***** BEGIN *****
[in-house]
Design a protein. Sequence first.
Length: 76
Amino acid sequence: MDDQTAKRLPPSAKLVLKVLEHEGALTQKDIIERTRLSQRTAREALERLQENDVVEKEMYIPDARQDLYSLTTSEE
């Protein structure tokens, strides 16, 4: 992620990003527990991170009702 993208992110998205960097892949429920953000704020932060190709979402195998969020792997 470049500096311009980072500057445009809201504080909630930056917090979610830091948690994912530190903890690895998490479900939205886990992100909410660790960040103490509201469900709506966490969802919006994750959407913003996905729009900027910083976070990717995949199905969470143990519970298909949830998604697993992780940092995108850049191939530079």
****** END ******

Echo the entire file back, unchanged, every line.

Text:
[in-house]
Design a protein. Sequence first.
Length: 76
Amino acid sequence: MDDQTAKRLPPSAKLVLKVLEHEGALTQKDIIERTRLSQRTAREALERLQENDVVEKEMYIPDARQDLYSLTTSEE
């Protein structure tokens, strides 16, 4: 992620990003527990991170009702 993208992110998205960097892949429920953000704020932060190709979402195998969020792997 470049500096311009980072500057445009809201504080909630930056917090979610830091948690994912530190903890690895998490479900939205886990992100909410660790960040103490509201469900709506966490969802919006994750959407913003996905729009900027910083976070990717995949199905969470143990519970298909949830998604697993992780940092995108850049191939530079």